3. Signing foreign talent to replace departed stars doesn’t seem to work. Teams will often sign foreign players to fill the holes left by departed stars, but when the do so, they’re losing the opportunity to add depth at other positions with those roster spots. I can’t think of an example where a foreign star was a long-term replacement for an MLB bound star. Colby Lewis was great as Hiroki Kuroda’s replacement in 2008, but so was Kevin Hodges a few years ago and he flamed out after a single season.

4. Losing talent to MLB has a trickle-down impact on the smaller market teams. As an example, Hanshin may have been content with their outfield had Shinjo stuck around, but two years after he left they signed Tomoaki Kanemoto away from the Carp to play left field. Kanemoto has gone on to become a legend for the Tigers while the Carp have only recently begun to show signs of life. Hanshin and Yomiuri can spend to fill their holes, while smaller market teams like Hiroshima cannot.

5. On the positive side, stars moving to MLB has opened up (or could potentially open) spots for younger players, in a league where there is no rule 5 draft and blocked prospects and depth guys are seldom traded. We haven’t seen too many cases of prospects jumping in and filling the shoes of the top 10 guys I’ve listed below, but others have stepped in for 11-26.

Overall, I don’t think this trend is killing NPB. Attendance is stable, and Japan Series television ratings were up this year (mostly because the Giants played in it). Many of the players who have made the leap to MLB have actually been pretty successful, which has greatly improved the credibility of NPB overseas. On the downside, the loss of star players has hurt the competitive depth of the affected teams, and led many to question the viability of the league. I seeing the loss of these star players as an “Oakland A’s-ing” of the league — the A’s have gotten by with smart management, an ability to exploit market inefficiencies and a willingness to continually reinvent the team on the field. The A’s style doesn’t translate to the Japanese game completely, but the underlying principles of thrift and creativity are important for a group of teams that generally is not going to compete with MLB financially.

Below is a list of all the players I looked at, ranked in order of how much I think their departure affected their previous team and the league. For me, there are really about three or four classes: Matsui and Johjima, Iwamura through Iguchi, and everyone else. You can possibly put Matsui, Kobayashi and Yabuta in their own class as well, as guys who were quickly replaced but did leave a gap in their absences.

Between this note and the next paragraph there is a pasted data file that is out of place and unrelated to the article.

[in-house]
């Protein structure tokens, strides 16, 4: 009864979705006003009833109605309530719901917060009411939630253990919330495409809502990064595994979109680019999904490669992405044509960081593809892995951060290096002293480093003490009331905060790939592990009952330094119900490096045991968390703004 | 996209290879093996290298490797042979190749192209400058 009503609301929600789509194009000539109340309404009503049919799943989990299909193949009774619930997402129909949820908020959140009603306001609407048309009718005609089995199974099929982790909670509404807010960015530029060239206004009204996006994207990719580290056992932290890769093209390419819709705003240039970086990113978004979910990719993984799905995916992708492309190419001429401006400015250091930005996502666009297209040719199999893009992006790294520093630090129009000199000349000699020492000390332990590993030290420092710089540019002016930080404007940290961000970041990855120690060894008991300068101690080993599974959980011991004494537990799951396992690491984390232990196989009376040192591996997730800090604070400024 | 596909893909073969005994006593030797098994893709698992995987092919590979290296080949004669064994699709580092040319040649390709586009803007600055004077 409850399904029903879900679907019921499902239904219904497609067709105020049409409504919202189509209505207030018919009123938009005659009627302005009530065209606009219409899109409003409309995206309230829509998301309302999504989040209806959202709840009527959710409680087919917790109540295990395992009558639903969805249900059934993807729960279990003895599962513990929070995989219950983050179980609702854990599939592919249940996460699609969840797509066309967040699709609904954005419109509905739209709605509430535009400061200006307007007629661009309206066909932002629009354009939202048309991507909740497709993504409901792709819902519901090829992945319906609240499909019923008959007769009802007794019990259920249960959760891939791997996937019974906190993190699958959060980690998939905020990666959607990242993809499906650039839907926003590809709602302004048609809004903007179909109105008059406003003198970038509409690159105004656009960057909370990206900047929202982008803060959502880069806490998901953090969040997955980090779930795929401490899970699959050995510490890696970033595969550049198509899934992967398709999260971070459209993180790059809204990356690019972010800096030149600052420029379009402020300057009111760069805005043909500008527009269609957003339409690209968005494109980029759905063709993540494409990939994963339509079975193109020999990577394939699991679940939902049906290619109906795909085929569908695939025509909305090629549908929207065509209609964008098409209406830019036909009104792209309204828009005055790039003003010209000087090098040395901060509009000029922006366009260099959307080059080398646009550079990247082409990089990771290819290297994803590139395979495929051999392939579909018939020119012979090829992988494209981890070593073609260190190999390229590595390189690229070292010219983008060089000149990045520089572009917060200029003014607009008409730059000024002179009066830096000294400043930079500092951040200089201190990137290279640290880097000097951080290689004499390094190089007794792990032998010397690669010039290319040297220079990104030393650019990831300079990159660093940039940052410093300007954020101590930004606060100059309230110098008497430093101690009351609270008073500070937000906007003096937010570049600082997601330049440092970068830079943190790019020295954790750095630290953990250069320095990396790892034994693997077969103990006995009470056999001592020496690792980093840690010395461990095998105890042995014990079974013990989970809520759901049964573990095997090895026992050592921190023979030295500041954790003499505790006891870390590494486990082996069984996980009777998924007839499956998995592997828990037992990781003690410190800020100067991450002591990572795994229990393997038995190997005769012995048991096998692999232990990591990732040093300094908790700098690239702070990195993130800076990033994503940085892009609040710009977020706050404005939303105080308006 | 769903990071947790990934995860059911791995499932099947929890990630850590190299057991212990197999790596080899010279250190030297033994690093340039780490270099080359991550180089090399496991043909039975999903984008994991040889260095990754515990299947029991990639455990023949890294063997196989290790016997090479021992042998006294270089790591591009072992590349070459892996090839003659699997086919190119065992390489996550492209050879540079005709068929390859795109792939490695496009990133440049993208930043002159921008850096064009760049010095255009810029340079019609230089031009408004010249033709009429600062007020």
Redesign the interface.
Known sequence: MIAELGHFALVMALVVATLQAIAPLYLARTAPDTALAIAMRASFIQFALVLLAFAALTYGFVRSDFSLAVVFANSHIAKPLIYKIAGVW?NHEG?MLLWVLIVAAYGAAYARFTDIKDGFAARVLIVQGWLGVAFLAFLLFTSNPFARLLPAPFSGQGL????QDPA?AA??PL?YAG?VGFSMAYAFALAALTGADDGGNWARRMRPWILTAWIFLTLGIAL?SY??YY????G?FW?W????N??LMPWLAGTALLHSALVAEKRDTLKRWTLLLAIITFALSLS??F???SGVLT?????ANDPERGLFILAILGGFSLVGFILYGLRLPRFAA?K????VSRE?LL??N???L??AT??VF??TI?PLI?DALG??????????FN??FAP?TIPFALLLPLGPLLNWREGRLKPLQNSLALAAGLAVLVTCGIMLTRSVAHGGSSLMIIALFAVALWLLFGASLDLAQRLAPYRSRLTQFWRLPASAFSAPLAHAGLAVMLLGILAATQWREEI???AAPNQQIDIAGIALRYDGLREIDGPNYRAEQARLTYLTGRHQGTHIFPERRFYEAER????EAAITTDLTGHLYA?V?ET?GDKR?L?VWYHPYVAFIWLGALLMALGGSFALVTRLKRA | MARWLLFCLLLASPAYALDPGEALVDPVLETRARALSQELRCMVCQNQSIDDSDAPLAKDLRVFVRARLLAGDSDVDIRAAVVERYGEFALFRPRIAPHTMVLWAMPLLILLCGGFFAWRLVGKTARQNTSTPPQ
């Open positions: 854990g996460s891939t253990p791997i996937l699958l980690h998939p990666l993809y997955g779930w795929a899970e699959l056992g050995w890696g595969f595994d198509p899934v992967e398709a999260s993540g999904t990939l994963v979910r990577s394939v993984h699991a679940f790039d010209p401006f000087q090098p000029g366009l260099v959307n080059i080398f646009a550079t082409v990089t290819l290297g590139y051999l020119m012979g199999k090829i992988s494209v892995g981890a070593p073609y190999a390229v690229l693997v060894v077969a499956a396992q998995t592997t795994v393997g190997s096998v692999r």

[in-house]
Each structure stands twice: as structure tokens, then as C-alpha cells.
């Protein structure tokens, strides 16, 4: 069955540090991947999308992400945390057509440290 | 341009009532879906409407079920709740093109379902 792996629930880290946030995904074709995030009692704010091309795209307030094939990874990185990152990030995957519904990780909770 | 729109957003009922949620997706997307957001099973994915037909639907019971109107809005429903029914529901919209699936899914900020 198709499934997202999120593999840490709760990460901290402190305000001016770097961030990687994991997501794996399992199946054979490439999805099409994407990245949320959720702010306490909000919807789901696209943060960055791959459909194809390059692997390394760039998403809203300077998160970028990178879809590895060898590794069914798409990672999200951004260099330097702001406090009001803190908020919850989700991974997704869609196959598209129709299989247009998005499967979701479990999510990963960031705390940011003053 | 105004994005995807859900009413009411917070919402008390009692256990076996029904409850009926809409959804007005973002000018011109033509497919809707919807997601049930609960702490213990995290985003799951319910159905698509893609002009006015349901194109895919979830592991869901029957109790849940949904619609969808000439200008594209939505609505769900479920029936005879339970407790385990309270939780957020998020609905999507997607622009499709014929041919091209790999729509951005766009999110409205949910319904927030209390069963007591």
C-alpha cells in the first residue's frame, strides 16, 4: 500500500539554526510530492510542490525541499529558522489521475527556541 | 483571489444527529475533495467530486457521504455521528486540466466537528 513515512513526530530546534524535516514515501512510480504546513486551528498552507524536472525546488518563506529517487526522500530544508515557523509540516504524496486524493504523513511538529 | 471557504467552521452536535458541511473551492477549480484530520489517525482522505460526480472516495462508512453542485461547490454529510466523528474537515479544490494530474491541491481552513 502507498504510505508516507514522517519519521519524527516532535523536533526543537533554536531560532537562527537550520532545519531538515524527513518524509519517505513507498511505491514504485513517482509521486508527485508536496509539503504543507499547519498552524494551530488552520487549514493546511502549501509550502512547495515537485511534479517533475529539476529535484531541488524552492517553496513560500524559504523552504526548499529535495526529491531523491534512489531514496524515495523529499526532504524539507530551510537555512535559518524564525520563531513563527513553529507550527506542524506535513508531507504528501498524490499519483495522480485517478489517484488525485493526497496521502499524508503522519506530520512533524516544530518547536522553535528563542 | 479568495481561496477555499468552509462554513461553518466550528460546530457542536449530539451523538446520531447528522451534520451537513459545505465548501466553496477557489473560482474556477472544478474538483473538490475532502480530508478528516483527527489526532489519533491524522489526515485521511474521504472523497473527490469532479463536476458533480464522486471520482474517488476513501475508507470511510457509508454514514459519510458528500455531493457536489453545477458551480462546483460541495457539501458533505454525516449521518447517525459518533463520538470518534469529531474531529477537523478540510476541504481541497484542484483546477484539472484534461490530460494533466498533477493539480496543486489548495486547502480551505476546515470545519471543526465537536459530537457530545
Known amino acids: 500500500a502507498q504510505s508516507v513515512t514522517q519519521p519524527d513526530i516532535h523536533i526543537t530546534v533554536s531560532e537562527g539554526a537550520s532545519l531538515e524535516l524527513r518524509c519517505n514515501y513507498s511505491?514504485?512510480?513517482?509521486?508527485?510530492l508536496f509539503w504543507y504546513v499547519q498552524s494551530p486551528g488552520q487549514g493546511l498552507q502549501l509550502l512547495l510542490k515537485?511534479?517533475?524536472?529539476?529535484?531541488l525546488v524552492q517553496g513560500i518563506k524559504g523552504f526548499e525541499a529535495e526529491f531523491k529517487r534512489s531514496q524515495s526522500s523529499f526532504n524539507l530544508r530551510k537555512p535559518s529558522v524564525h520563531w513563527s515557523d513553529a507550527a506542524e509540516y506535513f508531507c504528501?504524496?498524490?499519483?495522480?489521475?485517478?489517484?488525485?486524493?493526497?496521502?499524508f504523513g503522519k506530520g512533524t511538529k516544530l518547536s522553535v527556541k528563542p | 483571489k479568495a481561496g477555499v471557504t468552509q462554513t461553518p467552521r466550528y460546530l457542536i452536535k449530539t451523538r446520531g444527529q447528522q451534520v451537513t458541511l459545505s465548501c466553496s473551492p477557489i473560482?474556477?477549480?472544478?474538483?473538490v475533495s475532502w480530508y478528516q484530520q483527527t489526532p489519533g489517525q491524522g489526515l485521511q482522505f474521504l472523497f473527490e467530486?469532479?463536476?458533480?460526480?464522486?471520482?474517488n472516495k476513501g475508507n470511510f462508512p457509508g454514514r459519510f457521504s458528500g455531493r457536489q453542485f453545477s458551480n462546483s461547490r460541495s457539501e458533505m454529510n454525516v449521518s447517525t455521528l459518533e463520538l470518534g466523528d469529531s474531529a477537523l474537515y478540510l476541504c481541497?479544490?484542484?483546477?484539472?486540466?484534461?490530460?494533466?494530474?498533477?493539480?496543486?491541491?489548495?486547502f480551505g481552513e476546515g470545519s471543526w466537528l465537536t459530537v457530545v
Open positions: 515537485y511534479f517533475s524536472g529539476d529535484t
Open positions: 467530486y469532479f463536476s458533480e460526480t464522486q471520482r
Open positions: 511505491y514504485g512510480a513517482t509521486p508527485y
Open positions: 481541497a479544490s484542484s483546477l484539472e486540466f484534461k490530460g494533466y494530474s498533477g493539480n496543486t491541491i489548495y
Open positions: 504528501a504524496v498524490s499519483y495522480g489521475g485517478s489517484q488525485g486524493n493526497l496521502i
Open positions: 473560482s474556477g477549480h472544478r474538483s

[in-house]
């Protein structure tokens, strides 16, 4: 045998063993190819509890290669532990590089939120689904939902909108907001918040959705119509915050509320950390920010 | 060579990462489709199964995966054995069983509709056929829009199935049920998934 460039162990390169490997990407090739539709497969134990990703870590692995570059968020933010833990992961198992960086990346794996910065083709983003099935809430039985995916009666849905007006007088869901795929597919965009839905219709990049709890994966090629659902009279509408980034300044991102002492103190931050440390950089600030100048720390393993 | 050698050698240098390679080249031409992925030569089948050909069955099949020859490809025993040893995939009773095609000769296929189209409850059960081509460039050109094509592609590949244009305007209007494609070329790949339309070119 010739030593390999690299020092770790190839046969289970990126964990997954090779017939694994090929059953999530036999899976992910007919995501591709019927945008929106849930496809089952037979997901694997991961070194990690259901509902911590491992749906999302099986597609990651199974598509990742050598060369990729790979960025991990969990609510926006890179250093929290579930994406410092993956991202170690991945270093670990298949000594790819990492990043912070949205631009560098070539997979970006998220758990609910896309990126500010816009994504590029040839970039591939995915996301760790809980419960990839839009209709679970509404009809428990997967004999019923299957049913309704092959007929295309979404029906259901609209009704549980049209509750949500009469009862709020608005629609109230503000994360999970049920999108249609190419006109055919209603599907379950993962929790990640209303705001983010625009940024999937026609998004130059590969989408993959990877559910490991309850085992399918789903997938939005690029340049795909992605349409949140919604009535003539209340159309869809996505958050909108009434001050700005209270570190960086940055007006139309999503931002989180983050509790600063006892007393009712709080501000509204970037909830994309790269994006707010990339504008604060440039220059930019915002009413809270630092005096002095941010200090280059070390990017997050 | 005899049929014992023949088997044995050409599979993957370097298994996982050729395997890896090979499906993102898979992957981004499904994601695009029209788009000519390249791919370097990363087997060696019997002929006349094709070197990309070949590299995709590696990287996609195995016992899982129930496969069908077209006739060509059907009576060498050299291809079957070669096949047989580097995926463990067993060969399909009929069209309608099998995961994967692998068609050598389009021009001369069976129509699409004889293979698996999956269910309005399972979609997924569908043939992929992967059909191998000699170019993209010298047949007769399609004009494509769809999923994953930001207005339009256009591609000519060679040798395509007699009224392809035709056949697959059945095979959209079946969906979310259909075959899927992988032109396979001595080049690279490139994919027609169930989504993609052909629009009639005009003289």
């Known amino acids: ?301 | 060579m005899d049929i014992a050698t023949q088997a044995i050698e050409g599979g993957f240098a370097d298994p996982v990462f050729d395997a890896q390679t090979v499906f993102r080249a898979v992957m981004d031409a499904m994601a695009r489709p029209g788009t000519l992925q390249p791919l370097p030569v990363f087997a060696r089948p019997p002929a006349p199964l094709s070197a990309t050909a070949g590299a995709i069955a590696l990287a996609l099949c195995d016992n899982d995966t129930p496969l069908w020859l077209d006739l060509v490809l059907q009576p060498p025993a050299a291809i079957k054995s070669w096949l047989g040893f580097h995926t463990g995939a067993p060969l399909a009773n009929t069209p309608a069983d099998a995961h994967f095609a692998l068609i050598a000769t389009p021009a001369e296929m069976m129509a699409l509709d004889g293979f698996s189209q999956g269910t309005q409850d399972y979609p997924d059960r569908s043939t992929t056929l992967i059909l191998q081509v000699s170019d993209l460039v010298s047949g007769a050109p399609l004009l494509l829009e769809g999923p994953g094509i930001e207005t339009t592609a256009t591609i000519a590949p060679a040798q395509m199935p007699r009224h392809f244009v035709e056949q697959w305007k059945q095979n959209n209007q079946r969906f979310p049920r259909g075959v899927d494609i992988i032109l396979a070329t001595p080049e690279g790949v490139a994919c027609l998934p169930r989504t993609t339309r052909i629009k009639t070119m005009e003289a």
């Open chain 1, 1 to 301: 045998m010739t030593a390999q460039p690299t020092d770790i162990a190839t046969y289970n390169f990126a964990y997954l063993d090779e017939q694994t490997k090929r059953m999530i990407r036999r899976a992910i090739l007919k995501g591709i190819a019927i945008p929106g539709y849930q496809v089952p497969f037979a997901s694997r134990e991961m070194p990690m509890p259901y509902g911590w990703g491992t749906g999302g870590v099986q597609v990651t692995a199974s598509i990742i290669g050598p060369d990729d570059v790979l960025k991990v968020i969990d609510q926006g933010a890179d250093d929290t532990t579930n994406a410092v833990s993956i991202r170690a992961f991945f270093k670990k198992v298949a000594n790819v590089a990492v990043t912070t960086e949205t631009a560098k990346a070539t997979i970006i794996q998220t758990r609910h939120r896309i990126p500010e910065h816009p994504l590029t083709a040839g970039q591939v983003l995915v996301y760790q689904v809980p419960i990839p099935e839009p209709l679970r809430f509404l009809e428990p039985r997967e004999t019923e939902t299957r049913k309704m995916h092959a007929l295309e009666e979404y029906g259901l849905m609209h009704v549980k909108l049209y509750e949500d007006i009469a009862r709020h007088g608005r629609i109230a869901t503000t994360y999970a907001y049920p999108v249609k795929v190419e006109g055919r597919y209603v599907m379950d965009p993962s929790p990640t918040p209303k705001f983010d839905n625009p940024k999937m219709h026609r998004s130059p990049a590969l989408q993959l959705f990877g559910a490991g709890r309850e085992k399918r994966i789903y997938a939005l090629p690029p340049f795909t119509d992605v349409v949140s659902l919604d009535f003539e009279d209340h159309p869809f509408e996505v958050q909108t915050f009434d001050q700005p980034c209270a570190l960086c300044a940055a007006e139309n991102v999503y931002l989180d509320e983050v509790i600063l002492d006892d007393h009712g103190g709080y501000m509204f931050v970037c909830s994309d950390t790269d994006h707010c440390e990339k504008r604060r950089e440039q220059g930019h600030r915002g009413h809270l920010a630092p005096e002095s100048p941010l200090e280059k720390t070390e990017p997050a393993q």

Rank Player Team Year Record Before Record After Impact
1 Hideki Matsui Yomiuri 2003 86-52-2 71-66-3 High
2 Kenji Johjima Daiei/SoftBank 2006 89-45-2 75-56-5 High
3 Akinori Iwamura Yakult 2007 70-73-3 60-84-0 High
4 Kosuke Fukudome Chunichi 2008 78-64-2 71-68-5 High
5 Daisuke Matsuzaka Seibu 2007 80-54-2 66-76-2 Medium
6 Ichiro Orix 2001 64-67-4 70-66-4 Medium
7 Hiroki Kuroda Hiroshima 2008 60-82-2 69-70-5 Medium
8 Kei Igawa Hanshin 2007 84-58-4 74-66-4 Medium
9 Kazuhisa Ishii Yakult 2002 78-56-6 72-64-2 Medium
10 Tadahito Iguchi Daiei/Softbank 2005 77-52-4 89-45-2 Medium
11 Kazuo Matsui Seibu 2004 77-61-2 74-58-1 Low
12 Masahide Kobayashi Lotte 2008 76-61-7 73-70-1 Low
13 Yasuhiko Yabuta Lotte 2008 76-61-7 73-70-1 Low
14 Takashi Saito Yokohama 2006 69-70-7 58-84-4 Low
15 Hideki Okajima Nippon Ham 2007 82-54-0 79-60-5 Low
16 Akinori Otsuka Chunichi 2004 73-66-1 79-56-3 Low
17 Shingo Takatsu Yakult 2004 71-66-3 72-62-2 Low
18 Tsuyoshi Shinjyo Hanshin 2001 57-78-1 57-80-3 Low
19 Keiichi Yabu Hanshin 2005 66-70-2 87-54-5 Low
20 So Taguchi Orix 2002 70-66-4 50-87-3 Low
21 Satoru Komiyama Yokohama 2002 69-67-4 49-86-5 Low
22 Kazuo Fukumori Rakuten 2008 67-75-2 65-76-3 Low
23 Norihiro Nakamura Kintetsu 2005 61-70-2 62-70-4 Low
24 Shinji Mori* Seibu 2006 67-69-0 80-54-2 Low
25 Yusaku Iriki* Nippon Ham 2006 62-71-3 82-54-0 Low
26 Masumi Kuwata Yomiuri 2007 65-79-2 80-63-1 Low

* I forgot about both these guys when compiling the original lists. Mori was successfully posted and signed with Tampa Bay, but got hurt in his first spring training and was never heard from again. Iriki played in the Mets and Blue Jays organizations, but got busted for PED usage and never reached the Majors. He resurfaced with Yokohama in 2008, but retired after the season.

** I left out Yukinaga Maeda as well.

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NPB Bullet Points: Interleague & FA Status

» 13 June 2010 » In mlb, nichibei, npb » 5 Comments